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University of Indianapolis

The University of Indianapolis by Kameron Casey

1400 E Hanna Ave, Indianapolis, IN 46227

The University of Indianapolis was the first university to be established on the south side of Indianapolis. It was established in the year 1902 in affiliation with the United Methodist Church but, it was not opened for education until 1905. Its original name was Indiana Central College (ICU). This remained the name until 1921, when it became Indiana Central College (ICC). Once again, in 1975, the name was changed back to Indiana Central University. It was not until 1986 that the university became The University of Indianapolis (U of I). It is often referred to as “UIndy.”

One thing that has not changed is its location, just a short walk from where it started. The place where it all started, University Heights Baptist Church, is located on 2200 East Hanna Avenue. The campus itself has over 20 venues and almost all of them are named after their beloved alumni. Esch hall, the newest venue, is named after Dr. I. Lynd Esch. He was president of Indiana Central College from 1945 until 1970. During his tenure, he educated graduating students on how they benefit from the generosity of the alumni. He made it clear that it was their duty to support and maintain the institution for the next generation of students. This has been a very strong belief throughout their history. The word “service” has been a major motif throughout the years. Although the University of Indianapolis motto, “Education for Service,” is only a little more than 50 years old, its essence can be traced to the nineteenth century. In 1888, the White River Conference of the United Brethren Church affirmed the role of church colleges in “elevating both the ministry and laity to a higher and more effective sphere of usefulness in the service of the master.” A few years later, the conference led the movement that culminated in the opening of Indiana Central University in 1905.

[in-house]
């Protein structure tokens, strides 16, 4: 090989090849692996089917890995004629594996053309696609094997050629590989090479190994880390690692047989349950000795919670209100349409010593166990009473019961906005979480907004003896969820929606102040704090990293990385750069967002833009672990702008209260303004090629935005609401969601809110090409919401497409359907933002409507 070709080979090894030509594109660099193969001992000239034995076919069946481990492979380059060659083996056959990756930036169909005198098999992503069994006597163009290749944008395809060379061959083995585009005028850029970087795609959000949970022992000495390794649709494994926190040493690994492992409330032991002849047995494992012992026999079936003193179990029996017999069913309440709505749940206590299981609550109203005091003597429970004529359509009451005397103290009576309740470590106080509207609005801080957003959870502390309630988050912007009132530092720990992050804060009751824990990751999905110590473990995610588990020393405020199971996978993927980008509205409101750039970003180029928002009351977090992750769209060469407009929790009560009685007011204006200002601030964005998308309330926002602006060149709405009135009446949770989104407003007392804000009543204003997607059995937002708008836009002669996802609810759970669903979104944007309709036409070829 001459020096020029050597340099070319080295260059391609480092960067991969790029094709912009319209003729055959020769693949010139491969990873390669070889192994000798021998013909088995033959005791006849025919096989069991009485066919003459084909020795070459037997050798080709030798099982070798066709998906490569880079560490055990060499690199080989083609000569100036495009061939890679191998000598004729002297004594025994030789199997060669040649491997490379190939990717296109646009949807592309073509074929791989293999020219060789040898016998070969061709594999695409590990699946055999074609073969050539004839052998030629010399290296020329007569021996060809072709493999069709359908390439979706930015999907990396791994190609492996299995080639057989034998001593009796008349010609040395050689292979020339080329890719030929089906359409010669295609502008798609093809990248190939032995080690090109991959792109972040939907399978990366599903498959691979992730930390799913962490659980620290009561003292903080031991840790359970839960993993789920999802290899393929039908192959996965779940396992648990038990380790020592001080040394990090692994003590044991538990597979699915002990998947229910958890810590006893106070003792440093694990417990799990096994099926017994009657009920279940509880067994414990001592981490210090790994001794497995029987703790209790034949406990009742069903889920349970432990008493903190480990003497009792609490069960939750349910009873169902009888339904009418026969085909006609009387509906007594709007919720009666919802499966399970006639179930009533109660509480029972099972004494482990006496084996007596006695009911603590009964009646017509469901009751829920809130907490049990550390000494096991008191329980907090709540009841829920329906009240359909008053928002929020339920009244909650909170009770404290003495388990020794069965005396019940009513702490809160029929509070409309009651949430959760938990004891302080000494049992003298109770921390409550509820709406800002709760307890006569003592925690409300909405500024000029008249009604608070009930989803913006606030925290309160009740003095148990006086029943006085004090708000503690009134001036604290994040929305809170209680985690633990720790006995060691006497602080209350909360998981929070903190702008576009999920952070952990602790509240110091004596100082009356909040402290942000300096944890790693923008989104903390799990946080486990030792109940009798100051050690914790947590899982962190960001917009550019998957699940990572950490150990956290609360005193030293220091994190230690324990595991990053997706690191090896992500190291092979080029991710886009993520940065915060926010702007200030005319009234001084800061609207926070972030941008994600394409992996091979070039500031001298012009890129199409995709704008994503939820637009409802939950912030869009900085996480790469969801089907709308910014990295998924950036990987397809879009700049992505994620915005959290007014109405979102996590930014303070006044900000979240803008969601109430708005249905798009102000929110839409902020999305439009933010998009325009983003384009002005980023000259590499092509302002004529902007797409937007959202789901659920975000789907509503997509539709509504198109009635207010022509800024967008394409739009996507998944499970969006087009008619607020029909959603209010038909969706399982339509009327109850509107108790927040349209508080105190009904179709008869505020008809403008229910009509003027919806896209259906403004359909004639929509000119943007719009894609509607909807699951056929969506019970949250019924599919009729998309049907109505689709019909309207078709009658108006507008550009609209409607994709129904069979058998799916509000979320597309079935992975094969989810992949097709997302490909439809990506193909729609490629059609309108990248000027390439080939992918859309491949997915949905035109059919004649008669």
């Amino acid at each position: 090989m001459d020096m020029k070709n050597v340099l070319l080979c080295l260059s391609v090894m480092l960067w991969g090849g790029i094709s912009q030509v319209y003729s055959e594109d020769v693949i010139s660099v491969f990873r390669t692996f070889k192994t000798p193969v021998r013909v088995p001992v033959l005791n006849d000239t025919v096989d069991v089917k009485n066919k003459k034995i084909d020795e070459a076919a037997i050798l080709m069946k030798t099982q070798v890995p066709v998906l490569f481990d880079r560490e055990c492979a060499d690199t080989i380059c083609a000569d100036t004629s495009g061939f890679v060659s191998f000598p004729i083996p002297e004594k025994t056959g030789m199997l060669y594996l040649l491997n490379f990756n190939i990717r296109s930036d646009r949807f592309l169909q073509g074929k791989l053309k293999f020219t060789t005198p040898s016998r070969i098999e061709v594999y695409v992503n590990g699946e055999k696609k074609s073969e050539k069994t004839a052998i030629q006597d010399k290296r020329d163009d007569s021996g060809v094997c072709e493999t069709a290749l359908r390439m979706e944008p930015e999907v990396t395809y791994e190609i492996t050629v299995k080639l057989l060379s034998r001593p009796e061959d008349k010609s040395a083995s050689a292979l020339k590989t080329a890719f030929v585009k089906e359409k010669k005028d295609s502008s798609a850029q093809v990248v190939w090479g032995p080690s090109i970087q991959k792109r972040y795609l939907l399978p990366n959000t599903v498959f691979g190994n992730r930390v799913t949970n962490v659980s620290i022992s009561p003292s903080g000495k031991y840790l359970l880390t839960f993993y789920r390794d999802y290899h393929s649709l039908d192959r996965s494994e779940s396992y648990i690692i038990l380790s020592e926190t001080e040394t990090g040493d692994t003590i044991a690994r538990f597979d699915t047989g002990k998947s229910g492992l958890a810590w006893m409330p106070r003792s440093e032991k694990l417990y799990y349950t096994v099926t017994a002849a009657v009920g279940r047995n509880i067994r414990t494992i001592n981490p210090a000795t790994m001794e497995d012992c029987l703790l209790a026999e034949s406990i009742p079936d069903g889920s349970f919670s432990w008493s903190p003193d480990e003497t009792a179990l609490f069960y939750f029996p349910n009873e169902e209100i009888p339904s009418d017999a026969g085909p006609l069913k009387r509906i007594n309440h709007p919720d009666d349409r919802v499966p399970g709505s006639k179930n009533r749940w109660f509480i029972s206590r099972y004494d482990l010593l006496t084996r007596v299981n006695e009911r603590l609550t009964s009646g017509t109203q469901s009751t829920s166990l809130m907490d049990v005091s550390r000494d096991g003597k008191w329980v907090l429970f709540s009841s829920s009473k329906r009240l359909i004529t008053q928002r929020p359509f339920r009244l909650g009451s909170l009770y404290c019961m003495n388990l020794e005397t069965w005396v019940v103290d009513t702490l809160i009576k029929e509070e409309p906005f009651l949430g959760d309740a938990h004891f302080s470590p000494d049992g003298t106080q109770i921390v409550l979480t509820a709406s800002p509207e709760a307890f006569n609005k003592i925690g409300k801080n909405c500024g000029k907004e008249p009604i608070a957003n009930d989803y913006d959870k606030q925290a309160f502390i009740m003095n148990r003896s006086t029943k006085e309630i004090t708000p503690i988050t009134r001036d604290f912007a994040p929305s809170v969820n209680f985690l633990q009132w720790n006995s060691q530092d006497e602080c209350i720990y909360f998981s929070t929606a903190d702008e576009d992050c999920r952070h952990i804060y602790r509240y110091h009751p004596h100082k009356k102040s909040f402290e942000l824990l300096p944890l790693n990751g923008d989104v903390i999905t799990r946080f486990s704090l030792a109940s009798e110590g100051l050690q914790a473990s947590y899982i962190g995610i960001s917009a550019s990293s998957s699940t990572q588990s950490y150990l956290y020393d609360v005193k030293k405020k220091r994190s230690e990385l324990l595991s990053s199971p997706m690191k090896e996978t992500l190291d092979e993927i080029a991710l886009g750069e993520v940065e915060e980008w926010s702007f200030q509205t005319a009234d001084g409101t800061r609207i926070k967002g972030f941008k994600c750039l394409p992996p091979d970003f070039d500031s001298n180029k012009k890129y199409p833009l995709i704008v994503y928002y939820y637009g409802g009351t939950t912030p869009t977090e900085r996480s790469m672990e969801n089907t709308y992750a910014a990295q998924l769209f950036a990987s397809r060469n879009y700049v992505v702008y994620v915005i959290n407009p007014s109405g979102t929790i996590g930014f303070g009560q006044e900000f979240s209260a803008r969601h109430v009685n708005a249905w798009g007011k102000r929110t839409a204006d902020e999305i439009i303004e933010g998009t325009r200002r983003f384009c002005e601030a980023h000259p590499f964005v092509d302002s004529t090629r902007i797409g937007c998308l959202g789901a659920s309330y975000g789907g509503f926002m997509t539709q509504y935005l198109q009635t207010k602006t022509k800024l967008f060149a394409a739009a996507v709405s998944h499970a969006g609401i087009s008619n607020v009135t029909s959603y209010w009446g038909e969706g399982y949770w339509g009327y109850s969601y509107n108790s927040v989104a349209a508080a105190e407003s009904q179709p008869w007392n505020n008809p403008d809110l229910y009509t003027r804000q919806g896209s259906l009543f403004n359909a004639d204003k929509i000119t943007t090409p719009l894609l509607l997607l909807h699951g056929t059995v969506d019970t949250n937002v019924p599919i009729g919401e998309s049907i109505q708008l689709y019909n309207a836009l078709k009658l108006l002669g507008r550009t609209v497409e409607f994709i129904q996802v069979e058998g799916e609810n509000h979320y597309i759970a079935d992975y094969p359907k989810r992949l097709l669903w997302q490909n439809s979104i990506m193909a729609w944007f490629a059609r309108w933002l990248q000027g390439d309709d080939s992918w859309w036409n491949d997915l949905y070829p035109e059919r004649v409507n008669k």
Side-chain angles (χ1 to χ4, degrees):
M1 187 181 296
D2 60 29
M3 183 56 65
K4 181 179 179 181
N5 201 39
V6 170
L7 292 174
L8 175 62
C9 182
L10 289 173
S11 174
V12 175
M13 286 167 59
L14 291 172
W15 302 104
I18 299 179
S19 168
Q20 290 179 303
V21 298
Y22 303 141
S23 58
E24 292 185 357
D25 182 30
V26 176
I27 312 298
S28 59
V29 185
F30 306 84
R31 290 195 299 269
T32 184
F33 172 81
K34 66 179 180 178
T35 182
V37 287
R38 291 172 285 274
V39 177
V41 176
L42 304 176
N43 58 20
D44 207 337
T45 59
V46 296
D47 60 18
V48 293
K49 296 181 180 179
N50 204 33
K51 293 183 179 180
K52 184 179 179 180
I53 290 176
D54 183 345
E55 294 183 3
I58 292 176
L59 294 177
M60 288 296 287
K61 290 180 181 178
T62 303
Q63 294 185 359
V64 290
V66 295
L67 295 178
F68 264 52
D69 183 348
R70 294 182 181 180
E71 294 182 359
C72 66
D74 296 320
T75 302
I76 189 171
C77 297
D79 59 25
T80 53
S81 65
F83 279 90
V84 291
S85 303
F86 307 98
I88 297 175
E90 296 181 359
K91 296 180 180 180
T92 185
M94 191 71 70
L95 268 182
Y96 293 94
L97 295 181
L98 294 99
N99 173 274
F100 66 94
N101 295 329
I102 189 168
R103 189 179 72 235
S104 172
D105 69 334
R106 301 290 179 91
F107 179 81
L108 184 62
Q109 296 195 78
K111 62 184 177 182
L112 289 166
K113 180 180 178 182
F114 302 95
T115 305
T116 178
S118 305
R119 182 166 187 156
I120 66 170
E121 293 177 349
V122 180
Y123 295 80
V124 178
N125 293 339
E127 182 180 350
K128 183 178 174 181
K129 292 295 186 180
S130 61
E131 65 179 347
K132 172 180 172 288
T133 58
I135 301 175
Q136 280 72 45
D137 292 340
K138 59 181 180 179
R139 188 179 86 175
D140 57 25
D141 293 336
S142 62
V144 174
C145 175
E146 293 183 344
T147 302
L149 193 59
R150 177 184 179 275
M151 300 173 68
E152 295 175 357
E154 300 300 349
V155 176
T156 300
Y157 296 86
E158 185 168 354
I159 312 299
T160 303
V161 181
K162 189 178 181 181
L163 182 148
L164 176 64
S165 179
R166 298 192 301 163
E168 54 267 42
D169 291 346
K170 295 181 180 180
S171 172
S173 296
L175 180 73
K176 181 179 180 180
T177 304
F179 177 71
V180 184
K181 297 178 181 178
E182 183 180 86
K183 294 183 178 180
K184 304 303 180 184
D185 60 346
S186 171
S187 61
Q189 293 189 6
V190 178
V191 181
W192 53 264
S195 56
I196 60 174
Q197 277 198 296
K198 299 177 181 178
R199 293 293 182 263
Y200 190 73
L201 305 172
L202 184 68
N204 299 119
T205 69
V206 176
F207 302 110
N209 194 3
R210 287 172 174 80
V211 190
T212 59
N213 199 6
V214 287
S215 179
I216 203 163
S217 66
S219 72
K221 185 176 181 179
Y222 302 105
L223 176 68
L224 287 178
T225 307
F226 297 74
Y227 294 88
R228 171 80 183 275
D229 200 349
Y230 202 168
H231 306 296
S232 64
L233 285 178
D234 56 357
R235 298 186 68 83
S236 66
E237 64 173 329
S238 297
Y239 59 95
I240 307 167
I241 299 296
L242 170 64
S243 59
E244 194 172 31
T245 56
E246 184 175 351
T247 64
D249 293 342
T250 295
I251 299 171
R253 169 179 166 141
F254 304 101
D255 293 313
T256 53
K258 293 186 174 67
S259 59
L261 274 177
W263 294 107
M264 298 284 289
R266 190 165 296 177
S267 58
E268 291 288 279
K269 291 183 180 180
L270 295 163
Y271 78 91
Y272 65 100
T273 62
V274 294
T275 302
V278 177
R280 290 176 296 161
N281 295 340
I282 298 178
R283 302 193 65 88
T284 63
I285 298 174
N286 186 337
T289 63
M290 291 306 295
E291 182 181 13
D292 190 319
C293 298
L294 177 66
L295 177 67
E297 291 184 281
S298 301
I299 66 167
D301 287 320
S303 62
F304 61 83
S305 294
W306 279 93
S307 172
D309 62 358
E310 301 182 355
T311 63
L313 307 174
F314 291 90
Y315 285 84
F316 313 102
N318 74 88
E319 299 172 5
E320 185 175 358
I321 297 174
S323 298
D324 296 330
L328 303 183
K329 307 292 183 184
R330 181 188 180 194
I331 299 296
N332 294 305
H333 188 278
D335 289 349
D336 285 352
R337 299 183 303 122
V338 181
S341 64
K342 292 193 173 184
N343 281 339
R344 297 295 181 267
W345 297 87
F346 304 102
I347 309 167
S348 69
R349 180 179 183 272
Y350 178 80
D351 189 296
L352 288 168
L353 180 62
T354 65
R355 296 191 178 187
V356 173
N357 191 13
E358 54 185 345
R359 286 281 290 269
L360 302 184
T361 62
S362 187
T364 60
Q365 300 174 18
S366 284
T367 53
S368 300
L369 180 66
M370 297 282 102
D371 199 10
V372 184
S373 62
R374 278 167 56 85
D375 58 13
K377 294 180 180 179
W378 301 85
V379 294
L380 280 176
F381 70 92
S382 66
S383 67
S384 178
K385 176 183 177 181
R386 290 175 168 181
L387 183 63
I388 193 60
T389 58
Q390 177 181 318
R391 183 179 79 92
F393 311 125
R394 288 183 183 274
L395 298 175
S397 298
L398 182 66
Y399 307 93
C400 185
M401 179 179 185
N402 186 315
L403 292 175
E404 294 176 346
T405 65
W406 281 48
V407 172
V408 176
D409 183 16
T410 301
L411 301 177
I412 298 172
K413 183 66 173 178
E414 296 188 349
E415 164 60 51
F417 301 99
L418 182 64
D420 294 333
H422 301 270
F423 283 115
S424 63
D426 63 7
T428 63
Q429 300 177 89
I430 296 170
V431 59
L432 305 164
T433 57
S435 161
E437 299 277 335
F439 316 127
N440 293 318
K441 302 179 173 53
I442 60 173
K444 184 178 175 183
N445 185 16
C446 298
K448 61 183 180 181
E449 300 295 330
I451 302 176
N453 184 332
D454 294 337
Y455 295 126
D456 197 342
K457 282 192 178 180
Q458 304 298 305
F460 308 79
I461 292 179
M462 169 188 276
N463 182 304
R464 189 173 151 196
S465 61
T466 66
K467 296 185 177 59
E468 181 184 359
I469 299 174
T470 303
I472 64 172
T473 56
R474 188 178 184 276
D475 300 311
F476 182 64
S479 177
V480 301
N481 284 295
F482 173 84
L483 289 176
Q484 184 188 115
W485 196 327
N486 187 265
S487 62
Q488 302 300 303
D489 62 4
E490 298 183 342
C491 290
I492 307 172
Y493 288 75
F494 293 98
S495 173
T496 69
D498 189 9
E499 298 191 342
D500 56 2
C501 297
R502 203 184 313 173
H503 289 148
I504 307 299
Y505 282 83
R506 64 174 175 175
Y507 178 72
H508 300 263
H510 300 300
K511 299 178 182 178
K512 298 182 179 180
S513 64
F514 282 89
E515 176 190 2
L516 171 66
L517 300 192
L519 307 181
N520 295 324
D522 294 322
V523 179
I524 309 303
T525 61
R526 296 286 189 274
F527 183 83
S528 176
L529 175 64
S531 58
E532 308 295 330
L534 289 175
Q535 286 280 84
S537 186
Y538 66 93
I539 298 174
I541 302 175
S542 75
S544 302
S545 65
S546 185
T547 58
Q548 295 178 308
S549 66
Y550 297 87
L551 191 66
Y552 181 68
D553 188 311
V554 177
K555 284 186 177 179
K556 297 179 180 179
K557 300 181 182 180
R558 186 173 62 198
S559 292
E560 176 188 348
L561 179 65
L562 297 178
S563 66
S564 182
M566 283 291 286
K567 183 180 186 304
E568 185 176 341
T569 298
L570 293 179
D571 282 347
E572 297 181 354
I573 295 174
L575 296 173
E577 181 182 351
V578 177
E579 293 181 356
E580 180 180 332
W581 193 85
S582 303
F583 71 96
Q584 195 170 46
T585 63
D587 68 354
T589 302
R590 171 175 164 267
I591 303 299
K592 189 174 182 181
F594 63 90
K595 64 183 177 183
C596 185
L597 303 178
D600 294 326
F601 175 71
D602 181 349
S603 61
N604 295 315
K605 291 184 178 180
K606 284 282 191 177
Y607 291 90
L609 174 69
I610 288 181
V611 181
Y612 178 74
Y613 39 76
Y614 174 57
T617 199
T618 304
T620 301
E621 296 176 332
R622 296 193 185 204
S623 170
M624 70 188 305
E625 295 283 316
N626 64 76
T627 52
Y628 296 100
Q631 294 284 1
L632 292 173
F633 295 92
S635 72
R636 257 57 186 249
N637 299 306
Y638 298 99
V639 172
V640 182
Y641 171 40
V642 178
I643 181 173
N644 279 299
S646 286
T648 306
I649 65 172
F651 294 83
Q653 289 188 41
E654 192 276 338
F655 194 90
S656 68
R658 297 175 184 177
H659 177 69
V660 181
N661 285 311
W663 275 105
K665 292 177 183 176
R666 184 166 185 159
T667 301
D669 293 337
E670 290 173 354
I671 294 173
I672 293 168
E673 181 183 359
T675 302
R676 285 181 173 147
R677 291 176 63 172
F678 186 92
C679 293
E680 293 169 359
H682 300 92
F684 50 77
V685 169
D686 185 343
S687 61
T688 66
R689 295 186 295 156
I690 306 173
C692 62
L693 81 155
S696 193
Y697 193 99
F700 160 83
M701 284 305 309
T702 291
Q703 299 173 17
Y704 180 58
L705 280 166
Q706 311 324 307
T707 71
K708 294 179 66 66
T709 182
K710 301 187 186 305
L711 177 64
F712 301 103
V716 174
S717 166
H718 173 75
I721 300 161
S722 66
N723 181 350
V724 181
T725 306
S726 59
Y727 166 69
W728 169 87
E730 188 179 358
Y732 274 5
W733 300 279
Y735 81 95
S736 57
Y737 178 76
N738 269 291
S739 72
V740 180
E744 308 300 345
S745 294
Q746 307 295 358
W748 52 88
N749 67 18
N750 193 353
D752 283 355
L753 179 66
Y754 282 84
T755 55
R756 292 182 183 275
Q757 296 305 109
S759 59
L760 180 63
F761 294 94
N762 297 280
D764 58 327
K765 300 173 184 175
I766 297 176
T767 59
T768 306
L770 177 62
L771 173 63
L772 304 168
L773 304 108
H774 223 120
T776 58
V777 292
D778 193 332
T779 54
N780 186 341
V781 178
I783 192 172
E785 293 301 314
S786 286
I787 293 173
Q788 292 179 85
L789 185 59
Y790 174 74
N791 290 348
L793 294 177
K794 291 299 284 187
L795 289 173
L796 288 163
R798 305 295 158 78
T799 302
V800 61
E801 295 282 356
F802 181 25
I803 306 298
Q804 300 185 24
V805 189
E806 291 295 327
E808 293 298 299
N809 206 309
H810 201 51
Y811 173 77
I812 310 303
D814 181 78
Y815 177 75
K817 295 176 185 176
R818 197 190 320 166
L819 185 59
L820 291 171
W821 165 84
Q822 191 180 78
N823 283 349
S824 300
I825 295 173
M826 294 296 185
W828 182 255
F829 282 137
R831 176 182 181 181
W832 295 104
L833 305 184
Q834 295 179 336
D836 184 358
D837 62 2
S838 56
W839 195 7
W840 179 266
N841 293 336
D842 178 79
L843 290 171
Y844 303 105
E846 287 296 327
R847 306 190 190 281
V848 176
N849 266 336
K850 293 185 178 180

In 1908 President John T. Roberts, in brief remarks prior to the conferring of the first degrees, used the word “service” five times, including his declaration that “life’s richest blessings are found in service.” Two years later, President Lewis D. Bonebrake closed his commencement address with this appeal: “In the name of education I bid you…to go forth imbued with the spirit that you are each his brother’s keeper, and that each has a work to do in making the grand sweet song of civilization.” During his 29 year tenure, President I. J. Good repeatedly spoke and wrote of society’s need for service-oriented Christian citizens in the homes, schools, churches, civic affairs, and businesses of every community. In 1947, President I. Lynd Esch said, “We seek to build a continuing structure of minds adequately trained and lives spiritually motivated for unselfish Christian service.”

Resources:
Casey, Kathy. Personal Interview. March, 17, 2009.
“Frederick D. Hill Archives” University of Indianapolis School Website. March 23, 2009 < http://archives.uindy.edu/ >.
“Indiana Central College.” College History Garden. March 5, 2009. < http://collegehistorygarden.blogspot.com/2007/10/indiana-central-college.html >.